Next year's draft has a chance to be special. Not only are the top 10 prospects that Doug Farrar talked about already a lot more interesting than this year's crop, there are a ton of intriguing prospects waiting behind them.
Many of the players listed below are underclassmen who will finally be able to declare for the draft. If all of the eligible stars leave for next year's draft, it will be a class that rivals any in the past few years, as far as potential stars coming into the league.
Here are 10 players to track over the next college football season, because while they're not top 10 prospects yet, they might be one good year from cracking that list (or at very least making a huge move up draft boards):
De’Anthony Thomas, RB, Oregon: Thomas should thank Tavon Austin next time he sees him. Now that Austin, an undersized weapon, went eighth overall, that might pave the way for Thomas. Thomas is just 5-foot-9 and 176 pounds but he is fast and a thrill to watch as a hybrid playmaker. He averaged 77.5 yards per carry against Wisconsin in a Rose Bowl win as a freshman two seasons ago. Thomas’ sheer speed and versatile ability will make him an interesting prospect for teams that have seen what a player like Percy Harvin (and, potentially, Austin) can bring to an offense.
Lache Seastrunk, RB, Baylor: Seastrunk is similar to Thomas, down to the fact that he originally committed to Oregon, but is bigger (5-10, 210) and more of a traditional running back. But he also has amazing speed, like Thomas. Last year, he had 29 carries in Baylor’s first seven games. Once the Bears started using him, he averaged 138.5 rushing yards per game over the last six contests, and that doesn’t count a game in which he had 91 receiving yards. If he can show over this season he can handle a full workload, he’ll be prominent on draft boards by next offseason.
Loucheiz Purifoy, CB, Florida: Purifoy has all the tools to be a top cornerback. He is blazing fast and at 6-1, he has the size to be a very high pick in the NFL. He is athletic enough that Florida is planning on playing him both ways this year. He was at receiver over the first seven spring practices this year. With a big season at cornerback, he could leave a year early for the draft and have teams lining up to take him.
Ryan Shazier, LB, Ohio State: While Alabama’s C.J. Mosley looks like the next great NFL linebacker, Shazier might be his slightly cheaper version. He had 115 tackles, five sacks and defended 11 passes as a sophomore last year. He is the prototype three-down defender for the passing NFL. It's possible he stays in school for the 2014 season to put on weight, considering he is listed at just 222 pounds, but he can be an impact player as soon as he arrives.
David Fales, QB, San Jose State: Fales transferred from junior college to San Jose State and was great last year. Last year he completed an eye-opening 72.5 percent of his passes for 4,193 yards. Playing in bad conditions in the Military Bowl last year, Fales completed 33-of-43 passes for 395 yards. He has good size at 6-3, 220 pounds and will just have to overcome questions about the level of competition he played.
Sammy Watkins, WR, Clemson: We went in depth on Watkins on Dr. Saturday this week. Basically, either he plays like he did as a dominant freshman and goes a tick below the great Marqise Lee in next year’s draft, or he repeats his baffling and average sophomore season and maybe just stays in school another year. It’s hard to know what to make of him at the moment. But the potential is tremendous.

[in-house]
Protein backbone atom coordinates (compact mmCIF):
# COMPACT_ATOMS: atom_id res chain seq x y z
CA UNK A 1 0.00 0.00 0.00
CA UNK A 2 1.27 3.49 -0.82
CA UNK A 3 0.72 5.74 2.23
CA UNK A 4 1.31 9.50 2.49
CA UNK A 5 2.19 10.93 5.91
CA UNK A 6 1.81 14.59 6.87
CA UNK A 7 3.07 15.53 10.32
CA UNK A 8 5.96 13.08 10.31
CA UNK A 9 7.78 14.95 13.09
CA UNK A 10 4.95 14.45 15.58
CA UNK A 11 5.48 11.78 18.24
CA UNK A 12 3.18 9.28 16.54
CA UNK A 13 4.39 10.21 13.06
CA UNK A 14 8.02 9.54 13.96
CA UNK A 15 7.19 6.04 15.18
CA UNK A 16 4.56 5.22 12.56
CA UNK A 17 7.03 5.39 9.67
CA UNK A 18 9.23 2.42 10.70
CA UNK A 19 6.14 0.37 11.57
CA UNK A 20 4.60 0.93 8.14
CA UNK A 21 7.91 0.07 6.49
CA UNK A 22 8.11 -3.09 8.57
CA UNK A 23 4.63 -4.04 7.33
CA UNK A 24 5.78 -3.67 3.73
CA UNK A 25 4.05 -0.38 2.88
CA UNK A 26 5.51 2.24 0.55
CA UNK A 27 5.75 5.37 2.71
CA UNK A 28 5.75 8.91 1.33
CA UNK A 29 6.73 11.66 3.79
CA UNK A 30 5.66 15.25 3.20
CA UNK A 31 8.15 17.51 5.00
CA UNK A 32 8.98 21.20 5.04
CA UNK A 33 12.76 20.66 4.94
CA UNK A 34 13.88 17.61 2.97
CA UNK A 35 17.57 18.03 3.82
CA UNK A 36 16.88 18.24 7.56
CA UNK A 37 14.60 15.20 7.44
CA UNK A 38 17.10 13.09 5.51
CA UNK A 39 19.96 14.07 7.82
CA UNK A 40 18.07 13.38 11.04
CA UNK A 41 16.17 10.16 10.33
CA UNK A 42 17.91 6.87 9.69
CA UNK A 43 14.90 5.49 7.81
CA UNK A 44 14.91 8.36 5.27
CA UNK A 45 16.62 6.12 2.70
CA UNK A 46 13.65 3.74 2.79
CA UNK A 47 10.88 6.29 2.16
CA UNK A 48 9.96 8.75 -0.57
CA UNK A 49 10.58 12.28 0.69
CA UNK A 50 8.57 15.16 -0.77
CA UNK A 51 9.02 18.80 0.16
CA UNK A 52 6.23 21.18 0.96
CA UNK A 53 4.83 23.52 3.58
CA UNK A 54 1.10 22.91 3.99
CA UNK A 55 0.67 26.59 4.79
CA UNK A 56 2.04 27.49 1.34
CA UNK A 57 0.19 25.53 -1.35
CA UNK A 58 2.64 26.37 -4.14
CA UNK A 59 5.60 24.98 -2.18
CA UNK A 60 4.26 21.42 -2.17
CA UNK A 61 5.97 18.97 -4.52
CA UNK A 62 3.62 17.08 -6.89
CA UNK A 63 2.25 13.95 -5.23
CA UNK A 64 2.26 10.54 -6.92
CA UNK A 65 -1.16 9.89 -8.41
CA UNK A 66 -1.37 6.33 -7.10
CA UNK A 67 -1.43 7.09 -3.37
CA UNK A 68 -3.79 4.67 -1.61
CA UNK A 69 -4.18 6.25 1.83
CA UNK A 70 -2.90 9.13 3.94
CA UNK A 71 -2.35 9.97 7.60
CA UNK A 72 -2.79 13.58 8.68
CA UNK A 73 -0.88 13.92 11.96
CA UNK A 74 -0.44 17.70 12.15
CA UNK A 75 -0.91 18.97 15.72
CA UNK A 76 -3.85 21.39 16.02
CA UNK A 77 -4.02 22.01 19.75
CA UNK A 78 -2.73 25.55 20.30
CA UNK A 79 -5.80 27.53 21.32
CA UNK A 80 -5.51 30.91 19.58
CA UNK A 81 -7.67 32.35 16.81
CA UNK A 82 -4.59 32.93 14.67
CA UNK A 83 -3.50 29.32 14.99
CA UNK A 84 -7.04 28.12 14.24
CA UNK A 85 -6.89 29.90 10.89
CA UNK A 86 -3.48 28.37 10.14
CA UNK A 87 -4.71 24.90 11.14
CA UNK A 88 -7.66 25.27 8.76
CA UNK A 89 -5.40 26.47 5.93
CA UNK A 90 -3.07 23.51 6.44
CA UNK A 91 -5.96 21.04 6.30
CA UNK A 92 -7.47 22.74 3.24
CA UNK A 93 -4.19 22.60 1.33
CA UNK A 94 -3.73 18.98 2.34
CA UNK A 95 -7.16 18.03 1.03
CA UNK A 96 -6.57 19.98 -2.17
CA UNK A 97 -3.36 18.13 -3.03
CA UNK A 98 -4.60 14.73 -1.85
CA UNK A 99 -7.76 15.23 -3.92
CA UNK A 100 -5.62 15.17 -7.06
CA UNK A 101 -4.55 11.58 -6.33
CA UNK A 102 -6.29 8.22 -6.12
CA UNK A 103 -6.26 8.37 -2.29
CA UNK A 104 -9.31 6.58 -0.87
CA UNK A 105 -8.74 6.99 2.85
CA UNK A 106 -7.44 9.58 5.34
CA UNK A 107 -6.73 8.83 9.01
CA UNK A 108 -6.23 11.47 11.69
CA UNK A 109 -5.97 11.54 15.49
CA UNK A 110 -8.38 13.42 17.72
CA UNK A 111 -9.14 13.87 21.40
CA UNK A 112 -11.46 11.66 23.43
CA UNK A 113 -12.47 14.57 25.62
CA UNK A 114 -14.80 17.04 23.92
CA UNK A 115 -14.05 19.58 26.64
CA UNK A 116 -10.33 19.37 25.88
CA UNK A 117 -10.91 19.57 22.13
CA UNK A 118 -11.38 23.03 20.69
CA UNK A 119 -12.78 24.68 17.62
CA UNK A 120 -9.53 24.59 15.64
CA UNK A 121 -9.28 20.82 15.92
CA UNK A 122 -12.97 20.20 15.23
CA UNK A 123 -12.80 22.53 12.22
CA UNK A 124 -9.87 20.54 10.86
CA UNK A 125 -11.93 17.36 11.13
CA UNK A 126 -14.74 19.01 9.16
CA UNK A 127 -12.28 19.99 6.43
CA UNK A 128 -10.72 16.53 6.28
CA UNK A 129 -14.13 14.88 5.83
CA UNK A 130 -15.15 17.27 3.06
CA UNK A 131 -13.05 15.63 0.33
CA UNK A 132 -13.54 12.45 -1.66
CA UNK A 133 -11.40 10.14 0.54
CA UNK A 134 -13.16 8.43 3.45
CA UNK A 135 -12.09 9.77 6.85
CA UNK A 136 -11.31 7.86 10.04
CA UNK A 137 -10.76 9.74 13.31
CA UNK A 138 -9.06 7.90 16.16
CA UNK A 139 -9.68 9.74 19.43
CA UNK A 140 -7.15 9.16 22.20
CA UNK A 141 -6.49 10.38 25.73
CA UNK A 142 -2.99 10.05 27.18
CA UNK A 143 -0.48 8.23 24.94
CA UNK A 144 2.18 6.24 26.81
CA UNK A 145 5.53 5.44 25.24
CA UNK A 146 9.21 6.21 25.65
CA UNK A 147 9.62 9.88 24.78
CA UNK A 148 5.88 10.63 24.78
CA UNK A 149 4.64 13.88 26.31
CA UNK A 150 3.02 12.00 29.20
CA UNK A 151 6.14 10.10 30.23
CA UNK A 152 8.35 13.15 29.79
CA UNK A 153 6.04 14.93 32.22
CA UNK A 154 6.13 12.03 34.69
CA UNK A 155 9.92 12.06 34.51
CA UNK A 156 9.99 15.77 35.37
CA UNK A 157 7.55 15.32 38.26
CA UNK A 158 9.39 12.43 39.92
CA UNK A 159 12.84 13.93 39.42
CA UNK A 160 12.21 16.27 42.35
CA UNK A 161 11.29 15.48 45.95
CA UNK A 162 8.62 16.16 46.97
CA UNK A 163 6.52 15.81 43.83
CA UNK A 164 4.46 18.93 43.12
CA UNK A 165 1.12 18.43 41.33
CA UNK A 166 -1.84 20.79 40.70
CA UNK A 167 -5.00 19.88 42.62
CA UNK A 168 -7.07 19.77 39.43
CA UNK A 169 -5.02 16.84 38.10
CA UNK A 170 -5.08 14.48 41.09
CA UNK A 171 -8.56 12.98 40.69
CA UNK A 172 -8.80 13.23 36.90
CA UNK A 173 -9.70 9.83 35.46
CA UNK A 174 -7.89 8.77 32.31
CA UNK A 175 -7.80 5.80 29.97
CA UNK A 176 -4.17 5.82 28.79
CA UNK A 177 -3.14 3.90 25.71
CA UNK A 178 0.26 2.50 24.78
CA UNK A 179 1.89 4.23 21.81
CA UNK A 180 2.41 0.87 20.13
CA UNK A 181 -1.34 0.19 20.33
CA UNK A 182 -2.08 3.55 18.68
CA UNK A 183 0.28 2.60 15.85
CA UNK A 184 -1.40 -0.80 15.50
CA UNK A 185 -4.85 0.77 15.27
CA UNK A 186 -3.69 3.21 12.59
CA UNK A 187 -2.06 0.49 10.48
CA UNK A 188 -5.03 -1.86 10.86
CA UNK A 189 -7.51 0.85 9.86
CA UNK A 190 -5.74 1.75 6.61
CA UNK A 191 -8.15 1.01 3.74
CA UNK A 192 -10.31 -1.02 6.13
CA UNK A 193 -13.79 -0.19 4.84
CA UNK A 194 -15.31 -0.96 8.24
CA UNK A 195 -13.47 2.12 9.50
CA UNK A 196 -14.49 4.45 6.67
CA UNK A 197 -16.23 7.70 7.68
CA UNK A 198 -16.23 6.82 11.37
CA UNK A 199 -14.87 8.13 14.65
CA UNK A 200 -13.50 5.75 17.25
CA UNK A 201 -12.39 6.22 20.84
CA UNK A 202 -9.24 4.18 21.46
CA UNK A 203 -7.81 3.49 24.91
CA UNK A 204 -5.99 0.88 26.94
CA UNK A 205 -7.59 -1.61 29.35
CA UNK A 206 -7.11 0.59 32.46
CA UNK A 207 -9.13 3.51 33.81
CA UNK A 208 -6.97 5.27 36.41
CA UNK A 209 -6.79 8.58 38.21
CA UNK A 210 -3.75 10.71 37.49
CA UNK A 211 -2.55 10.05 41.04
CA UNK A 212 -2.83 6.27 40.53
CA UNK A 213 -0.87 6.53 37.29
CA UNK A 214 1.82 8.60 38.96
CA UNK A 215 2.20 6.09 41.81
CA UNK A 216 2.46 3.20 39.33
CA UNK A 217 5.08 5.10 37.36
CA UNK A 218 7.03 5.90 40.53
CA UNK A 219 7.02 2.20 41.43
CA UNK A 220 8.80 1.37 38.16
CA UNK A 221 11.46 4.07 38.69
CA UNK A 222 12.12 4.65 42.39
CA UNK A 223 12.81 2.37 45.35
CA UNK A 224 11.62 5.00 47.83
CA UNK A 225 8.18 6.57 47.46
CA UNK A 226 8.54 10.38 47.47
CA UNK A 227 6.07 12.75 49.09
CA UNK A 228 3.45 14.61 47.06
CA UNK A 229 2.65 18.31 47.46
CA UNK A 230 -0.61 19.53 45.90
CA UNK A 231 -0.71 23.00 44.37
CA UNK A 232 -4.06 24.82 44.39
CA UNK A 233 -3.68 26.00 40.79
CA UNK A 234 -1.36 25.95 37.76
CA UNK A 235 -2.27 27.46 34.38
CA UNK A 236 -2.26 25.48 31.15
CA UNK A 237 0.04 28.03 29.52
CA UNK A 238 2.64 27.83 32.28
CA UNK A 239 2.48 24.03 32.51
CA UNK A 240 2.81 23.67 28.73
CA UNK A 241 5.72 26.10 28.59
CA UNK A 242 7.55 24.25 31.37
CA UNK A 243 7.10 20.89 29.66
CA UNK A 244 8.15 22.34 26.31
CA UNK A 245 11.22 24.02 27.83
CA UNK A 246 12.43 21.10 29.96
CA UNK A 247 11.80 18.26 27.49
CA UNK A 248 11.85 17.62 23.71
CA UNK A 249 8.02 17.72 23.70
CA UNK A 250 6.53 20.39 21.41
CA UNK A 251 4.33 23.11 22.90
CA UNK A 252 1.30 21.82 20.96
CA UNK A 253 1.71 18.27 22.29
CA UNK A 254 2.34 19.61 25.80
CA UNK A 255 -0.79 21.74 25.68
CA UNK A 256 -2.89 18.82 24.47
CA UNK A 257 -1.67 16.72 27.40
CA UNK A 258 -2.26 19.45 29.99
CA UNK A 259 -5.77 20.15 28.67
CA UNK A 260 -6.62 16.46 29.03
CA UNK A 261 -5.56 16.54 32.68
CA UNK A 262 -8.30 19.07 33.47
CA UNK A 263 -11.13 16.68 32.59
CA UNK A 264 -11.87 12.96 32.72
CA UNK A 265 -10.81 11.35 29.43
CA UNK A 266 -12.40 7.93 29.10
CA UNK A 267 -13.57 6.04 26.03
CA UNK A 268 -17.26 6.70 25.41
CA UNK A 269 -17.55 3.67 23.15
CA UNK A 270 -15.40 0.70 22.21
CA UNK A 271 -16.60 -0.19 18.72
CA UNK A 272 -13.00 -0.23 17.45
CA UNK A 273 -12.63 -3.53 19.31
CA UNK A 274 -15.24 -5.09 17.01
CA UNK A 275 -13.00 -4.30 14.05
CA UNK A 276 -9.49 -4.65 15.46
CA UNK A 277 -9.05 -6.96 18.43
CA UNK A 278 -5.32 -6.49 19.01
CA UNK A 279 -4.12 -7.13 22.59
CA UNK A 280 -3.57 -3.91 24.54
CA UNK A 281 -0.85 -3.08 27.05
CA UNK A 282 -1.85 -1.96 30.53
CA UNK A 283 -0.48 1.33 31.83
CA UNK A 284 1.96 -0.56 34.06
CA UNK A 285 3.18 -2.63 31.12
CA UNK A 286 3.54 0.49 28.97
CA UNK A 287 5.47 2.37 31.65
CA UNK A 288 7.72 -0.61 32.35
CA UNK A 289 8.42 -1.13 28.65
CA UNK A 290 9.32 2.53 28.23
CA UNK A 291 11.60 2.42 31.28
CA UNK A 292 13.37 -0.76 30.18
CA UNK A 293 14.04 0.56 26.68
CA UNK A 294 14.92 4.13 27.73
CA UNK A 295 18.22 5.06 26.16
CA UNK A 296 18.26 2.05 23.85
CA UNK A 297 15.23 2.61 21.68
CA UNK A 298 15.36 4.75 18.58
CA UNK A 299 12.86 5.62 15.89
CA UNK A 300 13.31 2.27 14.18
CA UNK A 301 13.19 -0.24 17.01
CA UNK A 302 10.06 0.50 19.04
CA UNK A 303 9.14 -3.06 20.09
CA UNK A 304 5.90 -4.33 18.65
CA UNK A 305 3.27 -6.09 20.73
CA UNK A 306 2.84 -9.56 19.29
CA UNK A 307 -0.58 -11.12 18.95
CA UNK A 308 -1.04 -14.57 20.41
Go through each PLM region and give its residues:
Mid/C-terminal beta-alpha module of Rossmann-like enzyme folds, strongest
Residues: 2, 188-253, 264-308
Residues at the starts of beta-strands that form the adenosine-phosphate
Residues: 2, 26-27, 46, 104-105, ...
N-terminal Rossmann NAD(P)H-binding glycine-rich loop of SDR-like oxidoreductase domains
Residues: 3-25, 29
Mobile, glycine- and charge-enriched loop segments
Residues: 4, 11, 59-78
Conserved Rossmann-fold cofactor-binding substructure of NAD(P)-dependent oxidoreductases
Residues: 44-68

Austin Seferian-Jenkins, TE, Washington: The talent is unmistakable. He has good size and great athletic gifts. But off the field, Seferian-Jenkins is dealing with a misdemeanor DUI and a suspension from the team. He’ll be back on the team, one would think, and if he proves he can stay out of trouble, he is a good bet to leave school early and be the first tight end off the board next year.
Cyrus Kouandjio, OT, Alabama: Kouandjio moved into the starting lineup last year as a sophomore. And he’s a beast. If he comes out after his junior season, he could be the top tackle taken, which many years makes him a top 5-10 pick. He’s as good as there is in college football, and another year at Alabama won’t hurt his development.
Will Sutton, DT, Arizona State: Sutton will be an interesting player in next year’s draft. He is less than 300 pounds but is exceptionally productive. He had 13 sacks and 23.5 tackles for loss last season, and had 63 total tackles despite playing most of his snaps inside. At some point, NFL teams will have to watch the film closely and see how that production can translate to the next level.
Johnny Manziel, QB, Texas A&M: No, we didn’t forget him. Manziel won’t get any taller, so it won’t be a surprise if the first freshman to win the Heisman Trophy goes to the NFL after one more great season (he redshirted as a freshman, so he’ll be three years removed from high school). Last year, the team with the most hopeless quarterback situation in the NFL drafted a punter before Russell Wilson, because Wilson was short. Teams will learn from that mistake. They won’t let a player with Manziel’s ability to run and throw (anyone who says he can’t throw didn’t see him complete 68 percent of his passes for 3,706 yards in the SEC as a freshman) slide to the third round just because he is listed at 6-1 and might measure a bit shorter. But, get ready for the undersized and extremely talented Manziel’s draft pros and cons to be a constant and tedious pre-draft argument that will make you long for the days of debating Geno Smith and Manti Te’o.
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